Having an accessible bathroom not only gives the user peace of mind for their safety, but it is also a sense of freedom to move comfortably around the room without needing to rely on someone else. Planning it out is an essential part. There needs to be adequate space for a wheelchair, someone using crutches, or any other support can maneuver around the room. With proper planning beforehand, picking out the right equipment and the accessories, the bathroom will function correctly no matter what. Here’s how to get started:
Step 1: Planning It Out
Every bathroom can be modified in some shape or form to help make the space easier to navigate. The best way to determine the functions that need to get changed would be to answer these questions:
- What do you or your loved one need assistance with the most?
- What are you or they able to do on their own?
- It is anticipated that any mobility issues will change?
- Are there specific medical supplies that will be needed?
- Would you or your loved one feel more comfortable in a shower or tub?
Step 2: Determining the Room Size
The bathroom size should accommodate the size of the wheelchair, whether it’s manual or electric. It needs to be able to turn freely in the room without worry about bumping into anything. A roll-in shower needs to be 3 feet deep by 5 feet wide with no curb. If a wheelchair is not required, the shower should be a minimum of 36 x 36 inches with a curb higher than ½ an inch. Having no curb at all might be appealing too. Seats are often installed in the showers for this reason as well.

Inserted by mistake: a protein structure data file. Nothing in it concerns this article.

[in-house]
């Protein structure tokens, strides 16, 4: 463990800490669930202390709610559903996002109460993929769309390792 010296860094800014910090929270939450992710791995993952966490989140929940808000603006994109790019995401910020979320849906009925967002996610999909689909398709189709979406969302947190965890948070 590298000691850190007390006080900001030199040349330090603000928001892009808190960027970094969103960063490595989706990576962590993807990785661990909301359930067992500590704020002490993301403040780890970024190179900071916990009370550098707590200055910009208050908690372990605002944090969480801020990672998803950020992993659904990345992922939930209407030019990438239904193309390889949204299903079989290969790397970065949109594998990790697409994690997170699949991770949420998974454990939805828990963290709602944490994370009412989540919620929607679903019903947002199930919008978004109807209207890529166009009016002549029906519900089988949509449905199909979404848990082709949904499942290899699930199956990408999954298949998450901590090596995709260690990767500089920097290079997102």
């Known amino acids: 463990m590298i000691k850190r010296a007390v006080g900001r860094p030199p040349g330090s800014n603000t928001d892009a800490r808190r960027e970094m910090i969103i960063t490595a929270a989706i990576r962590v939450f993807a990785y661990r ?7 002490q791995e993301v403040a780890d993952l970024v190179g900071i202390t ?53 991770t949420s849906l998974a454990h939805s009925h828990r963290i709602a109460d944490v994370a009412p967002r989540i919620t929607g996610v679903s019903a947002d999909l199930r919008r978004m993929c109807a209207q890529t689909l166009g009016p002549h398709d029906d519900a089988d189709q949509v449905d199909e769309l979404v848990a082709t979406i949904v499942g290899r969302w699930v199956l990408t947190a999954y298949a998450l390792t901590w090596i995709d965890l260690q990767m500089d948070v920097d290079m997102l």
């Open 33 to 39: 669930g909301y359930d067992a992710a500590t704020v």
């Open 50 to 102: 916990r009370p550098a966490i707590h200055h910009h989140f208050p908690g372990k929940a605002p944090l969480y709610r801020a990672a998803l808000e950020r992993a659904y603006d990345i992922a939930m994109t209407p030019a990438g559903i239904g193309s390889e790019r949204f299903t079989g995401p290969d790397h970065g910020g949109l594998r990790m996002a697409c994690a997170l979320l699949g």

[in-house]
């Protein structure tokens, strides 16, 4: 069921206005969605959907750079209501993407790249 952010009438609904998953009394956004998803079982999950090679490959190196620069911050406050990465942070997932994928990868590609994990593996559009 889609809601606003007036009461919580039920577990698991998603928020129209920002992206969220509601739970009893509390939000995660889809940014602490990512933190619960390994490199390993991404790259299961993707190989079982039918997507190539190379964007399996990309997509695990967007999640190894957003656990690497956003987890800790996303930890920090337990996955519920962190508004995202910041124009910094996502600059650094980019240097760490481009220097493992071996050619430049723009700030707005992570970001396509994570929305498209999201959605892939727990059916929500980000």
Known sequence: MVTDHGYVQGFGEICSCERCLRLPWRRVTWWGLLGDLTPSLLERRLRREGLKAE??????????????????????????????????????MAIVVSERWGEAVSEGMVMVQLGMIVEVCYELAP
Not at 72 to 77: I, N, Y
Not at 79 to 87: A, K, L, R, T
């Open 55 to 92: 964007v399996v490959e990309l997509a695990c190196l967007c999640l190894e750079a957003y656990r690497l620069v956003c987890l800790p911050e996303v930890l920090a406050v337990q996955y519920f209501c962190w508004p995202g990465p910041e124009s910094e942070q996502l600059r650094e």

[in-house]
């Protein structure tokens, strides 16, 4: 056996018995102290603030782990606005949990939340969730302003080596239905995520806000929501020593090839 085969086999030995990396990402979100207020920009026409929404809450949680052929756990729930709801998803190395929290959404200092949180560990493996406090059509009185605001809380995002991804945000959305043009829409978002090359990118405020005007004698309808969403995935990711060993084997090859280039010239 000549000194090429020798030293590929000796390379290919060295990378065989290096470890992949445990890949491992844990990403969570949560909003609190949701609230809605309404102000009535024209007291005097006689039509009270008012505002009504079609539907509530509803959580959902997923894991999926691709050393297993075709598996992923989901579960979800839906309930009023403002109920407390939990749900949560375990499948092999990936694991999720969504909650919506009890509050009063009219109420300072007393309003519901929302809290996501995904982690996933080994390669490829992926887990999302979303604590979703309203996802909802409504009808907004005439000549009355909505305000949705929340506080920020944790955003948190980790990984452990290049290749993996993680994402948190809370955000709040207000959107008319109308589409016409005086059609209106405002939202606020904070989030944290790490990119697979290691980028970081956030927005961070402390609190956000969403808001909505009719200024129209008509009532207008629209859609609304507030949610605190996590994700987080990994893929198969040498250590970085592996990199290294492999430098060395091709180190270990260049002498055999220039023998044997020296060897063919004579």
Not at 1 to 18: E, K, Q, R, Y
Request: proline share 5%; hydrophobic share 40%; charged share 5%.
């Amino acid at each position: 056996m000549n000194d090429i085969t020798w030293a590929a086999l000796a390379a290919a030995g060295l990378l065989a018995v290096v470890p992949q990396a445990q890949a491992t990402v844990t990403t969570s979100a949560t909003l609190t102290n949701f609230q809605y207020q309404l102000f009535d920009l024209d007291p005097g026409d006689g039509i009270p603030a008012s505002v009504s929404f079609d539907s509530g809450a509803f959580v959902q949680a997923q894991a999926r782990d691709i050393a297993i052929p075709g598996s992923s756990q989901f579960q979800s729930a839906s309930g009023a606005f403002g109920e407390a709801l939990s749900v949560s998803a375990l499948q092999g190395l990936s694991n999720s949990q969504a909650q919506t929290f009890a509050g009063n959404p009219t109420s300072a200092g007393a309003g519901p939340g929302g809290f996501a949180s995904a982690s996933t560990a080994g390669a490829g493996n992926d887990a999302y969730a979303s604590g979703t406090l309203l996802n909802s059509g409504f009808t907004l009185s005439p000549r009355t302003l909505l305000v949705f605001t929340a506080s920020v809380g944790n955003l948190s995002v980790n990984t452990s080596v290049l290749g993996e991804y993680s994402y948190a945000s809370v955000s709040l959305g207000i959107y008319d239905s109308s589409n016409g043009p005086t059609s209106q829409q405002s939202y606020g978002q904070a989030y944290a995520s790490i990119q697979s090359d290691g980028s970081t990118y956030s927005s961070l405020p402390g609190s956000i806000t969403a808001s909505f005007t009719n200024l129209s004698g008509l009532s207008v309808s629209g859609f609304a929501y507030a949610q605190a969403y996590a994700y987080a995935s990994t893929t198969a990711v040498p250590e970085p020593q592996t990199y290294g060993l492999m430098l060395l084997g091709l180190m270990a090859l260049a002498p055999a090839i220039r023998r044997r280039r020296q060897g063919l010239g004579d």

Step 3: The Entryway
Like the room’s size, the entryway needs to be wide enough to fit whatever model of wheelchair being used. It should have a straight stretch into the bathroom, avoiding any obstacles such as the bathroom door. Pocket doors are a great alternative to traditional doors for this very reason.
Step 4: Choosing the Sink, Toilets, & More
Like the shower, the rest of the bathroom features need to be comfortable to use.
- The sink should have 27 inches of clearance underneath, and 30 to 48 inches of space surround it.
- The toilet should be 17 to 19 inches high with grab bars securely on either side. They need to be sturdy enough to handle the weight of whenever is using them
- The grab bars around the bathroom are extra security for you or your loved one to navigate around the room.
- The floor needs to be clear to prevent the wheelchair from getting caught on anything.
This is a general guide to help determine what you’re looking for in your accessible bathroom. Contact The Tub Doctors today to discuss your new unique bathroom design to suit you and your family!